An 81-year-old survivor of the Holocaust spoke to Middle Schoolers in a Zoom conversation presented by the United States Holocaust Memorial Museum in Washington, D.C., on January 30.
Joël Nommick, one of 50 Holocaust survivors who volunteers at the museum, recounted his family history beginning in the years after World War I — tracing life milestones up through the advent of Nazi rule in Germany in 1933, to the Nazi invasion of France in 1940 and beyond.
“I’m very proud to be in front of you today,” Nommick said. “I hope it will be helpful for your life in society.”
Speaking slowly in a deep, clear voice, Nommick told students how his parents had roots in the Russian Empire and married in Paris in the late 1920s. By 1931, Jean and Agnes Nommick had two sons and were living in the French village of Thoissey, where Jean was a successful businessman.
In 1940, the Nazis invaded France and family life was turned upside down. The Vichy dictatorship began to enact anti-Jewish laws that impacted the family business and required Jewish families to register at the town hall or the police station.
“The intent was to isolate the Jews as a group,” Nommick said. “Then, they started to put Jews in camps.”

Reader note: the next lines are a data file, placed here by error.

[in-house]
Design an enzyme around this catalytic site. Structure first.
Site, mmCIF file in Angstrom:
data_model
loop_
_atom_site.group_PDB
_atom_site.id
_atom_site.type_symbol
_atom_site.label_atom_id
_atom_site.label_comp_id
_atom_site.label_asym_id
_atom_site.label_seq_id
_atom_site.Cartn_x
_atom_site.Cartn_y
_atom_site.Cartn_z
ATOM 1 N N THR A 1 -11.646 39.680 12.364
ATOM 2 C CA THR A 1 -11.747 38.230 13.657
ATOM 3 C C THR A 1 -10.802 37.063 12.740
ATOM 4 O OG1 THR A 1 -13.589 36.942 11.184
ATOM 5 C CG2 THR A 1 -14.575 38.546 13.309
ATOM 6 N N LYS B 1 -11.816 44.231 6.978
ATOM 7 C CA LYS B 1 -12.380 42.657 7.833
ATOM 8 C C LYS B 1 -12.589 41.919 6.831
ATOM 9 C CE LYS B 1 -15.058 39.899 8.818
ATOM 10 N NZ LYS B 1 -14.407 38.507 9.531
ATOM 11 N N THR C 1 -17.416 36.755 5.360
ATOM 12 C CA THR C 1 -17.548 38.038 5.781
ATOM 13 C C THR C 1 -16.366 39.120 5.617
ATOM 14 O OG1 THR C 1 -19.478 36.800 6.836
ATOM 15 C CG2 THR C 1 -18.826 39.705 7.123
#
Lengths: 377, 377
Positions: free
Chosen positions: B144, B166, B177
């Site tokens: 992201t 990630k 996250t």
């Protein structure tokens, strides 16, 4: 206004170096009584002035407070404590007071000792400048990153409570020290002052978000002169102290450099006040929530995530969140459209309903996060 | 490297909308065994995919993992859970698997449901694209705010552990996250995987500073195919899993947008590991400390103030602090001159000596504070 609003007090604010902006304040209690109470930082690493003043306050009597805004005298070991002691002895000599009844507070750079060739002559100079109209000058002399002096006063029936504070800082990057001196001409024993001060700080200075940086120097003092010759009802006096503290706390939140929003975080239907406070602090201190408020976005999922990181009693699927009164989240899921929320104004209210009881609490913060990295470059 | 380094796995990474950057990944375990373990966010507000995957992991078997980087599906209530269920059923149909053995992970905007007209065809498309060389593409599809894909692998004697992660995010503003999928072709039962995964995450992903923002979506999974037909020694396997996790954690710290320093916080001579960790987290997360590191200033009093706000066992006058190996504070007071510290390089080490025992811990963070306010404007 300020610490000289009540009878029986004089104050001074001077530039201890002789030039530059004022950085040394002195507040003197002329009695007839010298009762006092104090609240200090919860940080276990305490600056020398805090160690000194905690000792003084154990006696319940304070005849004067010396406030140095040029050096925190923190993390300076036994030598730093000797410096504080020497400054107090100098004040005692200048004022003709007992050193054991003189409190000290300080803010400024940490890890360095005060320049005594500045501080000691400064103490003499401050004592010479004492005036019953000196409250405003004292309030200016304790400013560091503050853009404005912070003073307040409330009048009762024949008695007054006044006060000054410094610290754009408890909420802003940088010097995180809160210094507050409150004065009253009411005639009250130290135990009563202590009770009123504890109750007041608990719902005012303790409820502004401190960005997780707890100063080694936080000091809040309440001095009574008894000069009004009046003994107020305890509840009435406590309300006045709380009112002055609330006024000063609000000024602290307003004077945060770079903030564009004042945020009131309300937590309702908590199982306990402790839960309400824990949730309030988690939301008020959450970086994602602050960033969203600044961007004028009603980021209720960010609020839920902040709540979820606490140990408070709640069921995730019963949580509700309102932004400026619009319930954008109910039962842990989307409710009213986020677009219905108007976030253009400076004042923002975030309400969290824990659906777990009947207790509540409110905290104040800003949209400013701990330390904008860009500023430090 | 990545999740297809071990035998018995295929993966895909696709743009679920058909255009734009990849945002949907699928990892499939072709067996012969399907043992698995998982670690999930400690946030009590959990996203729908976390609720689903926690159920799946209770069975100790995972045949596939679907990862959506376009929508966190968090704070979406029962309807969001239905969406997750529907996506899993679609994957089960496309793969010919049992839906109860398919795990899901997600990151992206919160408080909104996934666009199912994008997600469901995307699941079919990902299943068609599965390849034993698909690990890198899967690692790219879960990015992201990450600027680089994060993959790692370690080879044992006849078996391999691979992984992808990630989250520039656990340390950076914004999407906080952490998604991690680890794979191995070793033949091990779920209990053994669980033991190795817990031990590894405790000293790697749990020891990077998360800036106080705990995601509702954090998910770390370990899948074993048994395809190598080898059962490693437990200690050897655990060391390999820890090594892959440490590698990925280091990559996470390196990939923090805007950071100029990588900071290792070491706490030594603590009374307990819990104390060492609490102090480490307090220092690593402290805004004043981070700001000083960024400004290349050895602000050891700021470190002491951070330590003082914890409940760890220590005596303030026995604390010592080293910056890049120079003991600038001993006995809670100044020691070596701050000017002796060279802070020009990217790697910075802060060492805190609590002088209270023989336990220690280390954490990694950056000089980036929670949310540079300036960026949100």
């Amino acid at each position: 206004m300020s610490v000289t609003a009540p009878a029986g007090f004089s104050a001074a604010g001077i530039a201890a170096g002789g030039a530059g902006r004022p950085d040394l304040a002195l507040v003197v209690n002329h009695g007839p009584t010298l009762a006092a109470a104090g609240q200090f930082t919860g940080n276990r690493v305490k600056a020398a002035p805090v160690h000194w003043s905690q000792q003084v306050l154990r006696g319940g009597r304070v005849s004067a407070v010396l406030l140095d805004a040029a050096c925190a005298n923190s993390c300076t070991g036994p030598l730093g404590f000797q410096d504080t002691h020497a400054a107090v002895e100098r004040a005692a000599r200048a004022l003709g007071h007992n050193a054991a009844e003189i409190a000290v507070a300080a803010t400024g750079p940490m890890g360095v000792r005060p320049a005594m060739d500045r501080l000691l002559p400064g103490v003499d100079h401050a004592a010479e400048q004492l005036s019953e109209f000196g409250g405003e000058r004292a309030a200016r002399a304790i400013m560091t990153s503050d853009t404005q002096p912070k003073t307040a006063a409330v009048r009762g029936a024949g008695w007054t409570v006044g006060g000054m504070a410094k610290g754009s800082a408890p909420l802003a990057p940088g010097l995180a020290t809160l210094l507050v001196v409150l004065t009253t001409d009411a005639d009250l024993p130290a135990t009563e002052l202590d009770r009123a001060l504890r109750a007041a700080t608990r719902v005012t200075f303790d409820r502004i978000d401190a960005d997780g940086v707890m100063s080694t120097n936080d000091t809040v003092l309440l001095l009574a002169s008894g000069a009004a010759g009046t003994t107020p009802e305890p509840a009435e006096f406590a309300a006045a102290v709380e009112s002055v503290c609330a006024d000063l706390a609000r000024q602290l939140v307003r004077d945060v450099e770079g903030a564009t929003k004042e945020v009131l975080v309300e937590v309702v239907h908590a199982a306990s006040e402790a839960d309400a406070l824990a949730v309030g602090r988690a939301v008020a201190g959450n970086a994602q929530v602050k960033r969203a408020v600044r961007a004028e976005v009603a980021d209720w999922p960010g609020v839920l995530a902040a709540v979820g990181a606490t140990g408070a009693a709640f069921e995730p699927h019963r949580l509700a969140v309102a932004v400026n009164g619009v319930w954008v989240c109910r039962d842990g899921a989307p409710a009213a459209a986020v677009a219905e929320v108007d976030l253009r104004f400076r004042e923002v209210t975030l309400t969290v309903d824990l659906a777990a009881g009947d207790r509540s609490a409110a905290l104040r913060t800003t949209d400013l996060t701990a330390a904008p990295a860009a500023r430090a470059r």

In 1941, Joël’s father was arrested by French authorities. He was imprisoned at camps throughout France, but managed to escape in the spring of 1942 by simulating Epilepsy. He was reunited with his family briefly but was again arrested. This time, he was deported. He arrived at the Auschwitz concentration camp in late September 1942.
“It took them four days to arrive in those wagons,” Nommick said.
“I was born three months later.”
After that, baby Joël and his family lived in constant worry for their safety. Neighbors and friends helped them survive.
“Some people went through a great deal of courage just to do that,” Nommick said. “This war traumatized everybody.”
Nommick’s father was liberated on April 15, 1945, at Bergen-Belsen. A letter home, posted that day, promised hope that the family would soon be reunited. But that never happened.
“We received the letter,” Nommick said. “I’m still waiting. He disappeared.”
Nommick told the boys it is his duty to keep telling the world what happened in this era of history.
“There is a tendency in the whole world to go back to bad dreams,” he said. “The few of us – we are only 50 left – we will fight to make sure that people know what happens when you lose your liberty and you give everything to a tyrant.”